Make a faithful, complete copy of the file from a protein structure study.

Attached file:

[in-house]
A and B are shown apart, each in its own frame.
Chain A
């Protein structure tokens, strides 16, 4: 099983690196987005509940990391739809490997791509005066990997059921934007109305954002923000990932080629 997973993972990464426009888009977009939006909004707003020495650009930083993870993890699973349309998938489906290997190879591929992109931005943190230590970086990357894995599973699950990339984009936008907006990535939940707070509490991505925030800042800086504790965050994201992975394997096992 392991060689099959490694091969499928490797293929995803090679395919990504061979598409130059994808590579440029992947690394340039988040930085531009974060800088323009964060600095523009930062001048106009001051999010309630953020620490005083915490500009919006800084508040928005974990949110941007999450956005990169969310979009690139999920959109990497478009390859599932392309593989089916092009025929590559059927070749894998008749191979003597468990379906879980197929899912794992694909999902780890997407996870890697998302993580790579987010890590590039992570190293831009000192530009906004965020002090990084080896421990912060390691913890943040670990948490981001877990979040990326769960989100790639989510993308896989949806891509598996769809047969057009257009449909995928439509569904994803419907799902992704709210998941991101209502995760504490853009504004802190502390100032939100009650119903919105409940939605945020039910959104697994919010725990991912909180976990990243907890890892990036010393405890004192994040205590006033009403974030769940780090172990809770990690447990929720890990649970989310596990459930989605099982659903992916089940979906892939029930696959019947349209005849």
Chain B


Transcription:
[in-house]
A and B are shown apart, each in its own frame.
Chain A
């Protein structure tokens, strides 16, 4: 099983690196987005509940990391739809490997791509005066990997059921934007109305954002923000990932080629 997973993972990464426009888009977009939006909004707003020495650009930083993870993890699973349309998938489906290997190879591929992109931005943190230590970086990357894995599973699950990339984009936008907006990535939940707070509490991505925030800042800086504790965050994201992975394997096992 392991060689099959490694091969499928490797293929995803090679395919990504061979598409130059994808590579440029992947690394340039988040930085531009974060800088323009964060600095523009930062001048106009001051999010309630953020620490005083915490500009919006800084508040928005974990949110941007999450956005990169969310979009690139999920959109990497478009390859599932392309593989089916092009025929590559059927070749894998008749191979003597468990379906879980197929899912794992694909999902780890997407996870890697998302993580790579987010890590590039992570190293831009000192530009906004965020002090990084080896421990912060390691913890943040670990948490981001877990979040990326769960989100790639989510993308896989949806891509598996769809047969057009257009449909995928439509569904994803419907799902992704709210998941991101209502995760504490853009504004802190502390100032939100009650119903919105409940939605945020039910959104697994919010725990991912909180976990990243907890890892990036010393405890004192994040205590006033009403974030769940780090172990809770990690447990929720890990649970989310596990459930989605099982659903992916089940979906892939029930696959019947349209005849």
Chain B